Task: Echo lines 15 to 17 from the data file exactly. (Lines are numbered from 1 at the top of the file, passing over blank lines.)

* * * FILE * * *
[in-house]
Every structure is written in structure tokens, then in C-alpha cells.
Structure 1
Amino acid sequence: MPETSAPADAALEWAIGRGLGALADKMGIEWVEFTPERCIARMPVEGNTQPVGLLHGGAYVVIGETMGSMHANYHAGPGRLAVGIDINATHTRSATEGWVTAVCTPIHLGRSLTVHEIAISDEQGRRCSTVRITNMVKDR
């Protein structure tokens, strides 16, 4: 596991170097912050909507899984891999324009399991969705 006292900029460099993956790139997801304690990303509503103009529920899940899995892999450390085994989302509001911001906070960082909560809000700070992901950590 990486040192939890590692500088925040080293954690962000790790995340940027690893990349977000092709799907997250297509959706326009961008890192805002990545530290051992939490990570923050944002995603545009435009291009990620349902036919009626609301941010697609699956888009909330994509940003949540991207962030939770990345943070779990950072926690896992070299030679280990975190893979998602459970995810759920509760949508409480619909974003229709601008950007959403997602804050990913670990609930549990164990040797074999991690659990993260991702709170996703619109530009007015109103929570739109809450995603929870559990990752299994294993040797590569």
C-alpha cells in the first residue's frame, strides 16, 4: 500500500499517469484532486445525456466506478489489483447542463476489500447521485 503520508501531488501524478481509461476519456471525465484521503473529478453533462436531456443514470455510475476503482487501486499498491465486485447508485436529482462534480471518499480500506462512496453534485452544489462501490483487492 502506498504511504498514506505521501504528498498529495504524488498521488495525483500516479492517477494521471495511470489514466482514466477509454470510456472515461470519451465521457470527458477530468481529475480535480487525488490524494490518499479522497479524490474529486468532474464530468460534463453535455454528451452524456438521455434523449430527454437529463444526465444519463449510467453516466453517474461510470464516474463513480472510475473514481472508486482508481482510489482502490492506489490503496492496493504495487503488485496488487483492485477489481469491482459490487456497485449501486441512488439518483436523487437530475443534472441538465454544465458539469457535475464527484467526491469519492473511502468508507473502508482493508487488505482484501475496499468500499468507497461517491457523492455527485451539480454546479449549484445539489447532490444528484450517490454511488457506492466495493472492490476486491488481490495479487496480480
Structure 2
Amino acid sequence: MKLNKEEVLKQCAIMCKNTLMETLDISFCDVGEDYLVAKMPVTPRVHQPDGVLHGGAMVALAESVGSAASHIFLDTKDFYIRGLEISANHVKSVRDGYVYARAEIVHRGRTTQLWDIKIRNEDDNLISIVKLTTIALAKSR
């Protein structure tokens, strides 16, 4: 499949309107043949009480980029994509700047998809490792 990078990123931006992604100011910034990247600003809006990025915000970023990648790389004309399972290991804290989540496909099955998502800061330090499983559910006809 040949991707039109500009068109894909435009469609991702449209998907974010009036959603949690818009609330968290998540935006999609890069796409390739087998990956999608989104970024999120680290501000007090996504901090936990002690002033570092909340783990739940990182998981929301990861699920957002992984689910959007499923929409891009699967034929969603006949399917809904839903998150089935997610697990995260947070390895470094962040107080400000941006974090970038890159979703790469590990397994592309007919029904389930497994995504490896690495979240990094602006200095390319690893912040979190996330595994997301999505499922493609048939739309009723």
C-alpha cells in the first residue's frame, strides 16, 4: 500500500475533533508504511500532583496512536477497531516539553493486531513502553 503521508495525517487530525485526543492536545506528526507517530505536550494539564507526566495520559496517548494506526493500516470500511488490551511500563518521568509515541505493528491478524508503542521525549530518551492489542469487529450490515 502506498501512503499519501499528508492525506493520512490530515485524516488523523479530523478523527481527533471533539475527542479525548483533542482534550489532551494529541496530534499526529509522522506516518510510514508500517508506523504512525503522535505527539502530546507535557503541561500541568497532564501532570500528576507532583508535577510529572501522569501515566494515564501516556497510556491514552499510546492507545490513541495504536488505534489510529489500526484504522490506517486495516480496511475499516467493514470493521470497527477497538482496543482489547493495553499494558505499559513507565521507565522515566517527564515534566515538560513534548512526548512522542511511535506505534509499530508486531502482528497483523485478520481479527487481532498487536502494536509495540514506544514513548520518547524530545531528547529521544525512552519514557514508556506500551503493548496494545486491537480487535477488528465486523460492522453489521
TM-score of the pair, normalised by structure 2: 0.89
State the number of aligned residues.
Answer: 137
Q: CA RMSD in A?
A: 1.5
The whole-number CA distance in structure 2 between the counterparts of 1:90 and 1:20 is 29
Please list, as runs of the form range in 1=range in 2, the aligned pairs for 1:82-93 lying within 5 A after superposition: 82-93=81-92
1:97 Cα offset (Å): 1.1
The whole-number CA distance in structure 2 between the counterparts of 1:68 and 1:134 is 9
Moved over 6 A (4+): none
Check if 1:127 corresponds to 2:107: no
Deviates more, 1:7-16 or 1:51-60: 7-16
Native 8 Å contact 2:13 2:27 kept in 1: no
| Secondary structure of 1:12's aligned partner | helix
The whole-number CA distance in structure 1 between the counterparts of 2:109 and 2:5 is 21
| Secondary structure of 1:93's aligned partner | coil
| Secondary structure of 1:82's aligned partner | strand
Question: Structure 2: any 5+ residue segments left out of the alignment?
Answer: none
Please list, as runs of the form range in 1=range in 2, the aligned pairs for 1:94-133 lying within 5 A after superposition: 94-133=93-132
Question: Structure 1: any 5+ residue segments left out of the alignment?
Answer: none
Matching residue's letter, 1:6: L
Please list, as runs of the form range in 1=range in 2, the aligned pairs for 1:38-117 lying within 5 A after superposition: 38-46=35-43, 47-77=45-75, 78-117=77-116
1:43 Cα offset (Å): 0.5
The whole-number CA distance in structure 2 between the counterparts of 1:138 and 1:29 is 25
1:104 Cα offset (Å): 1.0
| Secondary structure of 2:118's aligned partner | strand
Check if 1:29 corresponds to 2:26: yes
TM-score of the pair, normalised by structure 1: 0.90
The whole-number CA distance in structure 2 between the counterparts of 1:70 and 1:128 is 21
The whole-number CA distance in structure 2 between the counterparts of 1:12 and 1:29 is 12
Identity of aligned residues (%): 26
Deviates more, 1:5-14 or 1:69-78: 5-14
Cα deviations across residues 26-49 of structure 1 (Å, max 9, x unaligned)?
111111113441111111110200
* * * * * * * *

A: 1.5
The whole-number CA distance in structure 2 between the counterparts of 1:90 and 1:20 is 29
Please list, as runs of the form range in 1=range in 2, the aligned pairs for 1:82-93 lying within 5 A after superposition: 82-93=81-92